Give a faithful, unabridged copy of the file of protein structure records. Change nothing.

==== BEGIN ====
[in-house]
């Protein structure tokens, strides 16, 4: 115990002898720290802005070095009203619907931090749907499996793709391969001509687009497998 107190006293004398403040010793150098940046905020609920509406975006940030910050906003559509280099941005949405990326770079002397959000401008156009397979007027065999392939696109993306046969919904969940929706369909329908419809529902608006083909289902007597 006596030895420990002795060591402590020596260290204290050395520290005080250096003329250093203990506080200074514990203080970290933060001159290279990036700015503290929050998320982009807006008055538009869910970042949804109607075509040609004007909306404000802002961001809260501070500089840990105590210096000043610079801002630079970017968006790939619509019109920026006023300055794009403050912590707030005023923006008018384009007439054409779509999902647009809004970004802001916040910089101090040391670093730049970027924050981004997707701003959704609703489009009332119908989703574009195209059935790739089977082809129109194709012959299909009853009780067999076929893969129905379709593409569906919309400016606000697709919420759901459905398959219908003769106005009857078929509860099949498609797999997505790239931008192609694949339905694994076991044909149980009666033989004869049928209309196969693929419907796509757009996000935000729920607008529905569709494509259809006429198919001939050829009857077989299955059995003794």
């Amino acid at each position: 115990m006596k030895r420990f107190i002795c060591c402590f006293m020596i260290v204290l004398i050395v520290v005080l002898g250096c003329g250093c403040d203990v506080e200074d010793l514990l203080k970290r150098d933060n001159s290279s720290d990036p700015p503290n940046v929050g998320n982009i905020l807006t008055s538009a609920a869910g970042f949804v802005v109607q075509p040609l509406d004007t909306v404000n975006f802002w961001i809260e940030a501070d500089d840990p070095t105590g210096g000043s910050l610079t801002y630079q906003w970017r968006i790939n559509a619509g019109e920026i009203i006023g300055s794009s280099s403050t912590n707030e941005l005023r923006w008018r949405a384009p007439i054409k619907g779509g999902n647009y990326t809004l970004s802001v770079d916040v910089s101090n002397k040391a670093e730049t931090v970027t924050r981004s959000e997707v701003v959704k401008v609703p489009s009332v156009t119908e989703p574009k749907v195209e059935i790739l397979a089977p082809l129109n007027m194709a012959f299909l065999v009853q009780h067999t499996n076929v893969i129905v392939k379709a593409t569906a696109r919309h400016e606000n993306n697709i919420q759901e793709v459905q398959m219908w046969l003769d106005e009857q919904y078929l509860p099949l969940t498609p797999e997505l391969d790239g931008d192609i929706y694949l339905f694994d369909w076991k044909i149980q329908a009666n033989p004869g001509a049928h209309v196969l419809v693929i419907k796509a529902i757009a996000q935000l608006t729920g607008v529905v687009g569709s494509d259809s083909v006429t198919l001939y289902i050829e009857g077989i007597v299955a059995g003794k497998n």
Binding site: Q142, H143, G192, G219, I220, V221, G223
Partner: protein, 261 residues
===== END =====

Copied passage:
[in-house]
């Protein structure tokens, strides 16, 4: 115990002898720290802005070095009203619907931090749907499996793709391969001509687009497998 107190006293004398403040010793150098940046905020609920509406975006940030910050906003559509280099941005949405990326770079002397959000401008156009397979007027065999392939696109993306046969919904969940929706369909329908419809529902608006083909289902007597 006596030895420990002795060591402590020596260290204290050395520290005080250096003329250093203990506080200074514990203080970290933060001159290279990036700015503290929050998320982009807006008055538009869910970042949804109607075509040609004007909306404000802002961001809260501070500089840990105590210096000043610079801002630079970017968006790939619509019109920026006023300055794009403050912590707030005023923006008018384009007439054409779509999902647009809004970004802001916040910089101090040391670093730049970027924050981004997707701003959704609703489009009332119908989703574009195209059935790739089977082809129109194709012959299909009853009780067999076929893969129905379709593409569906919309400016606000697709919420759901459905398959219908003769106005009857078929509860099949498609797999997505790239931008192609694949339905694994076991044909149980009666033989004869049928209309196969693929419907796509757009996000935000729920607008529905569709494509259809006429198919001939050829009857077989299955059995003794």
């Amino acid at each position: 115990m006596k030895r420990f107190i002795c060591c402590f006293m020596i260290v204290l004398i050395v520290v005080l002898g250096c003329g250093c403040d203990v506080e200074d010793l514990l203080k970290r150098d933060n001159s290279s720290d990036p700015p503290n940046v929050g998320n982009i905020l807006t008055s538009a609920a869910g970042f949804v802005v109607q075509p040609l509406d004007t909306v404000n975006f802002w961001i809260e940030a501070d500089d840990p070095t105590g210096g000043s910050l610079t801002y630079q906003w970017r968006i790939n559509a619509g019109e920026i009203i006023g300055s794009s280099s403050t912590n707030e941005l005023r923006w008018r949405a384009p007439i054409k619907g779509g999902n647009y990326t809004l970004s802001v770079d916040v910089s101090n002397k040391a670093e730049t931090v970027t924050r981004s959000e997707v701003v959704k401008v609703p489009s009332v156009t119908e989703p574009k749907v195209e059935i790739l397979a089977p082809l129109n007027m194709a012959f299909l065999v009853q009780h067999t499996n076929v893969i129905v392939k379709a593409t569906a696109r919309h400016e606000n993306n697709i919420q759901e793709v459905q398959m219908w046969l003769d106005e009857q919904y078929l509860p099949l969940t498609p797999e997505l391969d790239g931008d192609i929706y694949l339905f694994d369909w076991k044909i149980q329908a009666n033989p004869g001509a049928h209309v196969l419809v693929i419907k796509a529902i757009a996000q935000l608006t729920g607008v529905v687009g569709s494509d259809s083909v006429t198919l001939y289902i050829e009857g077989i007597v299955a059995g003794k497998n």
Binding site: Q142, H143, G192, G219, I220, V221, G223
Partner: protein, 261 residues